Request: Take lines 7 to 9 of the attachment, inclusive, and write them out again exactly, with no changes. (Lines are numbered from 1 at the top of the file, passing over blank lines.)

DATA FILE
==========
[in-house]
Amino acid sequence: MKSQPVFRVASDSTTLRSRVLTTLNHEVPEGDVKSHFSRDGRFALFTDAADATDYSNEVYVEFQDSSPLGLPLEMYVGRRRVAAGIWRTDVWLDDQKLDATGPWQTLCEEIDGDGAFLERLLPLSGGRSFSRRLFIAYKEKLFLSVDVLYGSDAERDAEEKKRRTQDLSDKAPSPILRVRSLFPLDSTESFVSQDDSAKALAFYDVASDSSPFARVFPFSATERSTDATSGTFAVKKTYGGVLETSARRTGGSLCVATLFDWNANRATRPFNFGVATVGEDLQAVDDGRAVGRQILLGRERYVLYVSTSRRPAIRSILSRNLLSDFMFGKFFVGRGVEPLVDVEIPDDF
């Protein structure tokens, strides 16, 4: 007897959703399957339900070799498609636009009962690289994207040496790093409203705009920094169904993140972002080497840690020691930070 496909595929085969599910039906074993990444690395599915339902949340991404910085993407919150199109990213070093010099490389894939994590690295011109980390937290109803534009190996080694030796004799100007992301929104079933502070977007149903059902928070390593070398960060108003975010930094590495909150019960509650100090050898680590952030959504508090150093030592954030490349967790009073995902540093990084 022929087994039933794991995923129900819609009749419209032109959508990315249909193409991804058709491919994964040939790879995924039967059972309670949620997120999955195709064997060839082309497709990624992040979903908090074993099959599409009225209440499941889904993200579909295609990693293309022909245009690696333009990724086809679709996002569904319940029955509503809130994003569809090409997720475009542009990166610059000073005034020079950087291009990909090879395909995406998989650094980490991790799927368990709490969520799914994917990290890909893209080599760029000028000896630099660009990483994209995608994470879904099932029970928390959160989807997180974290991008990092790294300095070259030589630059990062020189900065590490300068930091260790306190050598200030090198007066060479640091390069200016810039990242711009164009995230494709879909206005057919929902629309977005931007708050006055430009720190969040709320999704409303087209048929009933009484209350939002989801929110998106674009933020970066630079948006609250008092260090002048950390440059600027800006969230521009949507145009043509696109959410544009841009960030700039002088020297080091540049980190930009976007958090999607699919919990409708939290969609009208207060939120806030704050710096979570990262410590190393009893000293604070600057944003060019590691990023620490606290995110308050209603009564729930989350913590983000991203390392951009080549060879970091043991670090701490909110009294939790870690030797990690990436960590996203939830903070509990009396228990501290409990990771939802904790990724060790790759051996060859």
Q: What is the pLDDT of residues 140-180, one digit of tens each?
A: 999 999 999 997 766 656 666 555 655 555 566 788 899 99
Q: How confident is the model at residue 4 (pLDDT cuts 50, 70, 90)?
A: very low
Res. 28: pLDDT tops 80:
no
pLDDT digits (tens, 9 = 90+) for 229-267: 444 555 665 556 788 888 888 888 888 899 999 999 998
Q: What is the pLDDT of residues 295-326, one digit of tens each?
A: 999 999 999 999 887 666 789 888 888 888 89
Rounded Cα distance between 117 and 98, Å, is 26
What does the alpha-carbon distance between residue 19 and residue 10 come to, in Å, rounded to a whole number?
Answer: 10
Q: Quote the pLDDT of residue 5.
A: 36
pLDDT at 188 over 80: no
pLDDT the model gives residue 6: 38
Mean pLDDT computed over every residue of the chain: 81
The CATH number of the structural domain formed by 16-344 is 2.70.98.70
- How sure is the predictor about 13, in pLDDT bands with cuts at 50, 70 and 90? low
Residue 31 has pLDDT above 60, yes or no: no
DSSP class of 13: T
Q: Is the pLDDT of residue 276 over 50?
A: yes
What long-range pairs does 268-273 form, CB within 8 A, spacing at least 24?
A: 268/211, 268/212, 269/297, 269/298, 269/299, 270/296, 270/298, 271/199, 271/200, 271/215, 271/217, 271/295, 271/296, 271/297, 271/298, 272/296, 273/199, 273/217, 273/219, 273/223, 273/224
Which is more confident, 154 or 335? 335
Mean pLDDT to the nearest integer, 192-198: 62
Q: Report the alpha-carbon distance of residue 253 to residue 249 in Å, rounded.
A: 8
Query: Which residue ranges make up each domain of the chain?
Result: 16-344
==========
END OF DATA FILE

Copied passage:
A: very low
Res. 28: pLDDT tops 80:
no